Workers’ Compensation For Remote Workers
Working remotely has become easier than ever for many employees. While this may be preferable to getting stuck in traffic, or going into the office everyday, it does leave many people wondering where they stand when it comes to workers’ compensation. Fortunately, it is possible for remote workers to obtain compensation for on-the-job injuries, although doing so could be a bit more complicated, so if you were hurt while working remotely in Pennsylvania, you should consider reaching out to an experienced Wilkes Barre workers’ compensation lawyer for help filing a claim.
Coverage for Remote Workers
Just because someone starts working at home does not mean that he or she is immune from injury. Unfortunately, working from home can make it harder to prove that someone suffered a work-related injury. An injury sustained in the office, for instance, will likely have been witnessed by at least one person, who can later back up the injured party’s claim. An employee who gets hurt while working remotely, on the other hand, will only have his or her own word, and the word of a doctor, to prove the claim.
While it may be harder to establish a claim for a workplace injury while working remotely, doing so is not impossible. In fact, a number of Pennsylvania courts have held that remote workers are covered by the state’s workers’ compensation law. In one case from 2014, for instance, a Pennsylvania court held that an employee who was working from home and fell while walking to her home office on the second level of the house, was entitled to workers’ compensation benefits, despite her employer’s attempt to deny them.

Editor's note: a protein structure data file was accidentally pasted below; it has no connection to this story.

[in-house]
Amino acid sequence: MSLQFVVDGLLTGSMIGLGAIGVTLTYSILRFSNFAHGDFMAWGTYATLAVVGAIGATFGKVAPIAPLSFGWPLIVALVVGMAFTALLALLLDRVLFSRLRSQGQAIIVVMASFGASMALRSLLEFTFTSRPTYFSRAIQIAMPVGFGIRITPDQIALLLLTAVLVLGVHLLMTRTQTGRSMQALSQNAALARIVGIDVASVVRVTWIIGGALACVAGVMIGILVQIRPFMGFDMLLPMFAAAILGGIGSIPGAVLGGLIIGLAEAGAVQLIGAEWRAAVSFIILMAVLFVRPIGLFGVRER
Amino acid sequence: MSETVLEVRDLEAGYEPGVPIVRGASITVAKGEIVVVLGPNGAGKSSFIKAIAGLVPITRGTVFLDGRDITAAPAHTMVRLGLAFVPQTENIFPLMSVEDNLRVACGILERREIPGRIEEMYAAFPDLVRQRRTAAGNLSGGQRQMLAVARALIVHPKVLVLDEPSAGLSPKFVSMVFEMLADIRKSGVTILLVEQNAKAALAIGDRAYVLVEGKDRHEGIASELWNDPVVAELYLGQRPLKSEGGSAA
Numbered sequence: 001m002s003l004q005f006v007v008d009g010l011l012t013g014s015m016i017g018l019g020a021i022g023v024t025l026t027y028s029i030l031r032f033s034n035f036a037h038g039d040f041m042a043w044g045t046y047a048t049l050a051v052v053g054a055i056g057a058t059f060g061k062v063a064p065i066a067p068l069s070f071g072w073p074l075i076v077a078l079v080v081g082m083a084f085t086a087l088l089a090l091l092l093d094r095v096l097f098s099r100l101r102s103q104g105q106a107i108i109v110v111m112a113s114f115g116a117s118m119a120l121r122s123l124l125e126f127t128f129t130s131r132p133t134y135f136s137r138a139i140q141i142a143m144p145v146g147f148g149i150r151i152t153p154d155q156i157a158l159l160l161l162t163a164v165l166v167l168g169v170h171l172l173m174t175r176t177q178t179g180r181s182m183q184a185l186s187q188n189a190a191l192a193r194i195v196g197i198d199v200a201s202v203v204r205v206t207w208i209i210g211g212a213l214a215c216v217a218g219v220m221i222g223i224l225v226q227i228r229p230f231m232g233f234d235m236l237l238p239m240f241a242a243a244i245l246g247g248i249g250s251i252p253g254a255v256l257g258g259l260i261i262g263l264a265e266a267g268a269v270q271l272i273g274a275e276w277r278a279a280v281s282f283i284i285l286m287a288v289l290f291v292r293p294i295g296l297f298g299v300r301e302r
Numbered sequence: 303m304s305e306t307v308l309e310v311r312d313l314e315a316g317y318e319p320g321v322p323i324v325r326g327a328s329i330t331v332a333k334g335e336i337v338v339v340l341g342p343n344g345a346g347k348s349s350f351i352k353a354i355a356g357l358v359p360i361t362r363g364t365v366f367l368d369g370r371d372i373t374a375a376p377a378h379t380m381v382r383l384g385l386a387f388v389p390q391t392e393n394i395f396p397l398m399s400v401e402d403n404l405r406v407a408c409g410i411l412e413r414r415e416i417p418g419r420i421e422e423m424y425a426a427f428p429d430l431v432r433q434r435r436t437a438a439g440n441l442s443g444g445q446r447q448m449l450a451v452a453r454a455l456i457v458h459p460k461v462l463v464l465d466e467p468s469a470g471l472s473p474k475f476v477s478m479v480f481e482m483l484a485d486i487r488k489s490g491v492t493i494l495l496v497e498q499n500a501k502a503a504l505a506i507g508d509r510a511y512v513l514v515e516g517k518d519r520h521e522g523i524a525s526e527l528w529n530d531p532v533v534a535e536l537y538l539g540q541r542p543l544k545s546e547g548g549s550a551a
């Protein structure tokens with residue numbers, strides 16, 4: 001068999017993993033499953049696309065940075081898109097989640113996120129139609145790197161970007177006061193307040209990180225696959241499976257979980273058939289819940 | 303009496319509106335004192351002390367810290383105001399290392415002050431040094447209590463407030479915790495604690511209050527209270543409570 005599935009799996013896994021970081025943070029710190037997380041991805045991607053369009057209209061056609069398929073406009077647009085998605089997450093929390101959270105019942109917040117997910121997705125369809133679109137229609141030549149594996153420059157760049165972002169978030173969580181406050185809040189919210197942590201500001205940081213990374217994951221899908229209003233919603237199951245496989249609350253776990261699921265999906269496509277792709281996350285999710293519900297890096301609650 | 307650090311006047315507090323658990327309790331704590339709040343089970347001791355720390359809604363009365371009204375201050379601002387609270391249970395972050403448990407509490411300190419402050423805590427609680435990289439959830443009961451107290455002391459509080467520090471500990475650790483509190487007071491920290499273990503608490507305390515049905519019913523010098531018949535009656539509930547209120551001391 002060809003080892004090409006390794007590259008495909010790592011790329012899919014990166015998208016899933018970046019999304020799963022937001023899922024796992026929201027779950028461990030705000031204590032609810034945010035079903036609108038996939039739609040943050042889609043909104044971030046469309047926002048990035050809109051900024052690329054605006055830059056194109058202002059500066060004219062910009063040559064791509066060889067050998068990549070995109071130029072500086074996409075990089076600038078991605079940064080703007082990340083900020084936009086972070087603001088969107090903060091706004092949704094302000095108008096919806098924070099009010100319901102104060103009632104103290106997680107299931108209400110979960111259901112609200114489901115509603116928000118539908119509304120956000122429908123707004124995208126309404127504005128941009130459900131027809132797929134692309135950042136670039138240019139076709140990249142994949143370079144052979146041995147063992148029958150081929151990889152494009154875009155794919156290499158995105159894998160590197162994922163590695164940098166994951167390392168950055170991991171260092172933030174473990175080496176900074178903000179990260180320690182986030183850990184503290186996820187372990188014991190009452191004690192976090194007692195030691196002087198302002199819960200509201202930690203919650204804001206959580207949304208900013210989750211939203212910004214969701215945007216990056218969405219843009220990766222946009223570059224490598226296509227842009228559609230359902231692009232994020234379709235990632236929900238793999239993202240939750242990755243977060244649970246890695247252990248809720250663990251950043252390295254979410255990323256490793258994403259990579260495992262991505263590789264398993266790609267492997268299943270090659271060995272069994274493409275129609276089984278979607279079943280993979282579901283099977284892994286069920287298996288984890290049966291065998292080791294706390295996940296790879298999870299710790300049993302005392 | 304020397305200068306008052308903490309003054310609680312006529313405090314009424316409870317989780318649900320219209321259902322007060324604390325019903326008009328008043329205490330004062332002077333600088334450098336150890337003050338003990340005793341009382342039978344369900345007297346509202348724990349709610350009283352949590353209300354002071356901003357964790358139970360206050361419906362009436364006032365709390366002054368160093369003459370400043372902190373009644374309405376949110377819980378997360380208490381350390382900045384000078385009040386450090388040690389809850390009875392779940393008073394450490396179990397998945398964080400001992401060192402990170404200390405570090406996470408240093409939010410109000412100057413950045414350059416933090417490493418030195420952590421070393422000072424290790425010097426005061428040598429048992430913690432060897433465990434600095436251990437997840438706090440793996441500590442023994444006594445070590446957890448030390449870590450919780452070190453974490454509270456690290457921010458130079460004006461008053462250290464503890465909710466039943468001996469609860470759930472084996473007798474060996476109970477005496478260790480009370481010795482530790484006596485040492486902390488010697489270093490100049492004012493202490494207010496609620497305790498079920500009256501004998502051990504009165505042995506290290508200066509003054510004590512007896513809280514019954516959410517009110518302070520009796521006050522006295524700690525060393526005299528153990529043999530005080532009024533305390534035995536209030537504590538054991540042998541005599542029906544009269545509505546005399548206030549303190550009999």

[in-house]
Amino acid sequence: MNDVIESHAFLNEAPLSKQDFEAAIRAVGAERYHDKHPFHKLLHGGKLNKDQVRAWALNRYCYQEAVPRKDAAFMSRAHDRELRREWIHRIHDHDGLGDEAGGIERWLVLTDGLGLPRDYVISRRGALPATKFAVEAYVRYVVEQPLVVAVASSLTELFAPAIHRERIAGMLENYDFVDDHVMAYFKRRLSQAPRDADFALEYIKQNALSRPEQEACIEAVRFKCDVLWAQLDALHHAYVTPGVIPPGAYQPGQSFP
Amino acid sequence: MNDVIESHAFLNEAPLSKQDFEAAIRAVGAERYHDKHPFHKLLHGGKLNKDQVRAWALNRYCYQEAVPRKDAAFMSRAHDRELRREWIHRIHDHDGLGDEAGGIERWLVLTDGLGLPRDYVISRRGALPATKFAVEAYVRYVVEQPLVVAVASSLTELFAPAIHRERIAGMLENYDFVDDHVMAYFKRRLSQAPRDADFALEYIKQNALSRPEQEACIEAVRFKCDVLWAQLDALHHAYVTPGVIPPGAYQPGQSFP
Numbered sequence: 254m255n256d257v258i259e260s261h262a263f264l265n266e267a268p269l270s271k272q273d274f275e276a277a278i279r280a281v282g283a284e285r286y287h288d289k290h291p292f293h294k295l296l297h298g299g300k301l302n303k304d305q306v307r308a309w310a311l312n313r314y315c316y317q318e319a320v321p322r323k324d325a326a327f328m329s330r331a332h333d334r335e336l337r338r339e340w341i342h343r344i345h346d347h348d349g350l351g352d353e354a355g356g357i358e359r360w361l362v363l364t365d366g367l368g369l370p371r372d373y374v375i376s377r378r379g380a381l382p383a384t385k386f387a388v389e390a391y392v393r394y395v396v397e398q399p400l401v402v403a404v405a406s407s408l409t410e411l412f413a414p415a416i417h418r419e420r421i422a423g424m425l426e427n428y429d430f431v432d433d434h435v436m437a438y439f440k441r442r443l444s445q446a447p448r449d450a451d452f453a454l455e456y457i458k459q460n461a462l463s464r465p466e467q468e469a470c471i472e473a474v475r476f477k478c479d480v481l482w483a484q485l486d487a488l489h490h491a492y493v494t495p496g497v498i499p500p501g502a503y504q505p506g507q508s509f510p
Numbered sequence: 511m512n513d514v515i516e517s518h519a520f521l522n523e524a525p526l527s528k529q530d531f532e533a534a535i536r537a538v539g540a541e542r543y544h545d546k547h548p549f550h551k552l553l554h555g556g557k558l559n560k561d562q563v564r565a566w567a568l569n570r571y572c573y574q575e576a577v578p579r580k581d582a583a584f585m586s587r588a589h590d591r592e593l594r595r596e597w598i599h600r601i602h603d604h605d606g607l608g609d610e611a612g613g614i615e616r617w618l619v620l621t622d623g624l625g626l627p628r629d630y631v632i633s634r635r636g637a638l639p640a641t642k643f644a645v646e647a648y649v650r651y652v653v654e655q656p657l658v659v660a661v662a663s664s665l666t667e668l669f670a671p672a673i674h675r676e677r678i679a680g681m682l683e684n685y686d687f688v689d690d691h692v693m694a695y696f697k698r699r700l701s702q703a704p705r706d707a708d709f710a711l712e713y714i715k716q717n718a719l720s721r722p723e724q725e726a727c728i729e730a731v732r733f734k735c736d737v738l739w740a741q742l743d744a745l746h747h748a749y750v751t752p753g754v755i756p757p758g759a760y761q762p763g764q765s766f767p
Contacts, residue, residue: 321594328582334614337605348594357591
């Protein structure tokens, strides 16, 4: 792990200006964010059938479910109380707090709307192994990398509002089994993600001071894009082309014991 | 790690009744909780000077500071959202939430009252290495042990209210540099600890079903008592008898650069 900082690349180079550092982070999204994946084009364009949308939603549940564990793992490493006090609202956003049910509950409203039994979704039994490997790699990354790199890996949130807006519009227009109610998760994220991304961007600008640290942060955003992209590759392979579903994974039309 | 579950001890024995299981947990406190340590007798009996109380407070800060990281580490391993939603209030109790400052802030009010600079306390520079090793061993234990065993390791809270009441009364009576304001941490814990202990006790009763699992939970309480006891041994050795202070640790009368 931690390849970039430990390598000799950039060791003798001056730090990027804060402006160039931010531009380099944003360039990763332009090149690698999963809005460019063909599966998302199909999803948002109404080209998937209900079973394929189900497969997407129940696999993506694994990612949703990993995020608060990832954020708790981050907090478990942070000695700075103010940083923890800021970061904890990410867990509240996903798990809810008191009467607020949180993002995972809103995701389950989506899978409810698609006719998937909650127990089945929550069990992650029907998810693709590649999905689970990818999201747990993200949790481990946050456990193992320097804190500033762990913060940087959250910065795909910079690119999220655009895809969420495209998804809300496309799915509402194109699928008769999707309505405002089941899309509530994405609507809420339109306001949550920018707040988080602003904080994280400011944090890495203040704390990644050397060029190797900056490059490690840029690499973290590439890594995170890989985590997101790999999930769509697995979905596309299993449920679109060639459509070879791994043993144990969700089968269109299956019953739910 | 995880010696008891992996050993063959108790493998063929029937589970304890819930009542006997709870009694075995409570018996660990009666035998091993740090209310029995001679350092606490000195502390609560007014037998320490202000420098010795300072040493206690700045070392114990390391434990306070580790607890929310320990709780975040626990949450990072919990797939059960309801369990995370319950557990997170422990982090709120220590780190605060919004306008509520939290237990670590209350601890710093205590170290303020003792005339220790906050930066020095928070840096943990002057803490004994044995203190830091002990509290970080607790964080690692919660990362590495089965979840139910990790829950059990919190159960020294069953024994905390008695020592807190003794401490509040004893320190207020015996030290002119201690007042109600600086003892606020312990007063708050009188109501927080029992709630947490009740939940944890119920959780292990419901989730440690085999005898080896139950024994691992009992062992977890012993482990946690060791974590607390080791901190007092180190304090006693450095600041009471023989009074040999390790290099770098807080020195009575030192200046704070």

Improving Your Chances of Success
To receive benefits after suffering a work-related injury while working remotely, a claimant will need to prove that his or her injury was sustained while fulfilling a work responsibility. This can be achieved by providing first hand testimony of what happened on the day in question. A schedule of the employee’s hours and proof of engagement in work-related tasks, such as presence in an online meeting, or the receipt or sending of an email, or official work document, can also help prove that a claimant was working at the time of an injury, even if he or she wasn’t in the office. Medical records and expert testimony may also be necessary to obtain approval of a claim.
Finally, a claimant must comply with all of the state’s reporting requirements. For instance, notice must be provided to an employer or supervisor as soon as possible. There are also strict filing deadlines of which claimants should be aware. Failing to abide by these rules could result in the denial of a valid and legitimate workers’ comp claim.
Were You Injured While Working Remotely?
It’s important for workers to know their legal rights when it comes to collecting benefits after sustaining a workplace injury. For a free consultation with dedicated PA workers’ compensation lawyer Keith Figured, please call the Figured Law Firm at 570-954-9299 today.